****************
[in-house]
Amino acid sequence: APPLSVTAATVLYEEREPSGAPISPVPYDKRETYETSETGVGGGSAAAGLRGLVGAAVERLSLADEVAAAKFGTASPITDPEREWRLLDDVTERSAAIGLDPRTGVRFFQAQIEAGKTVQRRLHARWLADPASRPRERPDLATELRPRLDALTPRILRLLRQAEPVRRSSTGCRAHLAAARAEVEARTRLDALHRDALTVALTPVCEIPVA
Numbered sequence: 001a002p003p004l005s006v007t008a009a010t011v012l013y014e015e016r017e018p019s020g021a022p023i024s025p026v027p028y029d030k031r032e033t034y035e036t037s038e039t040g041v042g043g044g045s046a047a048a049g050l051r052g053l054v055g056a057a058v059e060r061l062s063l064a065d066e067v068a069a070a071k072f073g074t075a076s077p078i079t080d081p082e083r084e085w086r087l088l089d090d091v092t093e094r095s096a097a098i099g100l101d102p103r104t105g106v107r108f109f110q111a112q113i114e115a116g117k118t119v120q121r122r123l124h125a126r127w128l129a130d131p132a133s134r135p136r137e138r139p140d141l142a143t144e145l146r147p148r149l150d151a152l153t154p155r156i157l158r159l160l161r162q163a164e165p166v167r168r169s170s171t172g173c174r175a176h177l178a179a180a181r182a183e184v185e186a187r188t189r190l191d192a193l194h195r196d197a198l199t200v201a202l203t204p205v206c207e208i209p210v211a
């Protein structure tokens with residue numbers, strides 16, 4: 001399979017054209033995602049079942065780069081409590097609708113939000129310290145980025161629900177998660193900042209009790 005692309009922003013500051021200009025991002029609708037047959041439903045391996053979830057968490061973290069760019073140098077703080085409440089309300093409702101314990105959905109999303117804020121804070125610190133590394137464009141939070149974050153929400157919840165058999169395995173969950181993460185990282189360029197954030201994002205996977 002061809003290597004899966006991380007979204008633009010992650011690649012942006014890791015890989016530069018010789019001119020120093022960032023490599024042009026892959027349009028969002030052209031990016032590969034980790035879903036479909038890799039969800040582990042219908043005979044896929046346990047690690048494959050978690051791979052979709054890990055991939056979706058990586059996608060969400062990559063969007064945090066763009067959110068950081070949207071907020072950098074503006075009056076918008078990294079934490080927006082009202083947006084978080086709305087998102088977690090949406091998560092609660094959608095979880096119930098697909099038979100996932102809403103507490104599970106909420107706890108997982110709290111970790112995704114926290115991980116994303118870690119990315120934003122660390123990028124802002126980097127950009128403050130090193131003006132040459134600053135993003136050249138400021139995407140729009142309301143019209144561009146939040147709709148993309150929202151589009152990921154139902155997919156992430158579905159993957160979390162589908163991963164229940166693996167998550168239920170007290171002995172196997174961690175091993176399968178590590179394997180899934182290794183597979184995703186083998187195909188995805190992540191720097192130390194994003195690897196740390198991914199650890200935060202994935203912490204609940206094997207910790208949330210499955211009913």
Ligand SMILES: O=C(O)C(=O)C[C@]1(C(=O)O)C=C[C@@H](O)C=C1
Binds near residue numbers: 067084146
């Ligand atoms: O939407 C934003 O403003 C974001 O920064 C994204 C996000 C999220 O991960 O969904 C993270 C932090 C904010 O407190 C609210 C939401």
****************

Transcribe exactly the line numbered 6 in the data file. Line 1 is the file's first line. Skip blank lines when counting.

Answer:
Binds near residue numbers: 067084146